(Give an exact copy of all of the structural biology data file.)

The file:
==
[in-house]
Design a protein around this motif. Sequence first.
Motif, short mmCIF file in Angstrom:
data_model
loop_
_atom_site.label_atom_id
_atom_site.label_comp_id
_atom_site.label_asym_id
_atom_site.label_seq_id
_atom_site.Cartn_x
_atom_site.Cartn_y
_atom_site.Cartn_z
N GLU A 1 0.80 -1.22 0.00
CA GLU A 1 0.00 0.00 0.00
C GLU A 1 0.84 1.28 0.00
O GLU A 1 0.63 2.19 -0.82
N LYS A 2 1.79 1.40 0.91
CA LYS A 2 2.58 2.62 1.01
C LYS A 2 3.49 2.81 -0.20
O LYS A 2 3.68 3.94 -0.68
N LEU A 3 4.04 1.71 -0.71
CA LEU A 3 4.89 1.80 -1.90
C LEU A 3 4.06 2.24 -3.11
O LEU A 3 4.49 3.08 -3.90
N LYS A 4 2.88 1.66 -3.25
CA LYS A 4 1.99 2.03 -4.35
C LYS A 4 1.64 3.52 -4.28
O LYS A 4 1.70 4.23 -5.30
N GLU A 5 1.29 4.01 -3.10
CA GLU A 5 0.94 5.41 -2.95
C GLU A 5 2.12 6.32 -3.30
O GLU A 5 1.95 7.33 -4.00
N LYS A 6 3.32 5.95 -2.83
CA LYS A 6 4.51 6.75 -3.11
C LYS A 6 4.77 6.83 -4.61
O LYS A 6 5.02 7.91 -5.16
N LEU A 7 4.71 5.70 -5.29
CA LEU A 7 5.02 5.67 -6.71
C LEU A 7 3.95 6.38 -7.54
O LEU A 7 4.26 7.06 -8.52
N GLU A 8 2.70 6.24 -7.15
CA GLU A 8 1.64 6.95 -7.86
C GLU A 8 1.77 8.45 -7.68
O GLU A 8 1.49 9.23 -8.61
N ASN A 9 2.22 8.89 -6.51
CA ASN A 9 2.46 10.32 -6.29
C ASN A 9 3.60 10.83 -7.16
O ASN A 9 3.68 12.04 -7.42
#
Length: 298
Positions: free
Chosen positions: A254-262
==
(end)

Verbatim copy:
[in-house]
Design a protein around this motif. Sequence first.
Motif, short mmCIF file in Angstrom:
data_model
loop_
_atom_site.label_atom_id
_atom_site.label_comp_id
_atom_site.label_asym_id
_atom_site.label_seq_id
_atom_site.Cartn_x
_atom_site.Cartn_y
_atom_site.Cartn_z
N GLU A 1 0.80 -1.22 0.00
CA GLU A 1 0.00 0.00 0.00
C GLU A 1 0.84 1.28 0.00
O GLU A 1 0.63 2.19 -0.82
N LYS A 2 1.79 1.40 0.91
CA LYS A 2 2.58 2.62 1.01
C LYS A 2 3.49 2.81 -0.20
O LYS A 2 3.68 3.94 -0.68
N LEU A 3 4.04 1.71 -0.71
CA LEU A 3 4.89 1.80 -1.90
C LEU A 3 4.06 2.24 -3.11
O LEU A 3 4.49 3.08 -3.90
N LYS A 4 2.88 1.66 -3.25
CA LYS A 4 1.99 2.03 -4.35
C LYS A 4 1.64 3.52 -4.28
O LYS A 4 1.70 4.23 -5.30
N GLU A 5 1.29 4.01 -3.10
CA GLU A 5 0.94 5.41 -2.95
C GLU A 5 2.12 6.32 -3.30
O GLU A 5 1.95 7.33 -4.00
N LYS A 6 3.32 5.95 -2.83
CA LYS A 6 4.51 6.75 -3.11
C LYS A 6 4.77 6.83 -4.61
O LYS A 6 5.02 7.91 -5.16
N LEU A 7 4.71 5.70 -5.29
CA LEU A 7 5.02 5.67 -6.71
C LEU A 7 3.95 6.38 -7.54
O LEU A 7 4.26 7.06 -8.52
N GLU A 8 2.70 6.24 -7.15
CA GLU A 8 1.64 6.95 -7.86
C GLU A 8 1.77 8.45 -7.68
O GLU A 8 1.49 9.23 -8.61
N ASN A 9 2.22 8.89 -6.51
CA ASN A 9 2.46 10.32 -6.29
C ASN A 9 3.60 10.83 -7.16
O ASN A 9 3.68 12.04 -7.42
#
Length: 298
Positions: free
Chosen positions: A254-262